Keeping the monarch flying


CENTERVILLE, Ohio (WDTN) –  Many of us try to get rid of insects but there’s one beautiful bug that’s disappearing on its own. The monarch butterfly is dwindling across Ohio because its food source is hard to find.

Naturalist Katy Malcolm from the Centerville Washington Park District shows us around Bill Yeck Park.  The park has a seed nursery. We try looking for one specific insect the monarch butterfly.

We’re looking for one specific species – the monarch butterfly.  After a while in the summer sun we didn’t see any monarchs.  Which is not surprising. The monarch butterfly is fading from our landscape because its food source milkweed is disappearing.

Katy Malcolm says, “Changes in how we do things such as mowing along the roadways different herbicide with farmers have decreased the amount of milkweed.”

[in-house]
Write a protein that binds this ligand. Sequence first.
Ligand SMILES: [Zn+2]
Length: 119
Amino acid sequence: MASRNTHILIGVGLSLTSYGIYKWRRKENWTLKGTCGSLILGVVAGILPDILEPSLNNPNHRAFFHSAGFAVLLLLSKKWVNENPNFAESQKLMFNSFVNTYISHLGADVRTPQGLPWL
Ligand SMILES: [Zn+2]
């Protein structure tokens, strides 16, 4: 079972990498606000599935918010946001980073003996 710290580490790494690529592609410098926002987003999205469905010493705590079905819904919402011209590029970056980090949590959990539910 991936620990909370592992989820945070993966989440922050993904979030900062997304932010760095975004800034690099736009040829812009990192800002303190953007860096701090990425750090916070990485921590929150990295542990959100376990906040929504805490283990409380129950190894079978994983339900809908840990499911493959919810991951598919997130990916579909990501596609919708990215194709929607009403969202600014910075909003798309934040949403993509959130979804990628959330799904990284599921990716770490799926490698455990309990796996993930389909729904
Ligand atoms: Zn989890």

The plant’s milky substance is poisonous to humans and other insects but its perfect for the monarch caterpillar.

“The monarch will only lay her eggs on a plant the caterpillars can feed on,” Malcolm says.

Once the milkweed plant matures it has buds with hundreds of seems in them. In an effort to bring back more monarch butterflies here in Ohio many park districts across the state are beginning to plant more milkweed. The seeds are harvested and then planted in late the late fall.

But the effort has to reach far beyond Ohio.

“You have monarchs that will over winter in mexico move into Texas breed there then babies will find milkweed and move farther north. It’s not just up to Ohioans but everyone along that migratory path to plant milkweed,” says Malcolm.

A little plant which could go a long way in helping to bring more colorful butterflies back to Ohio.

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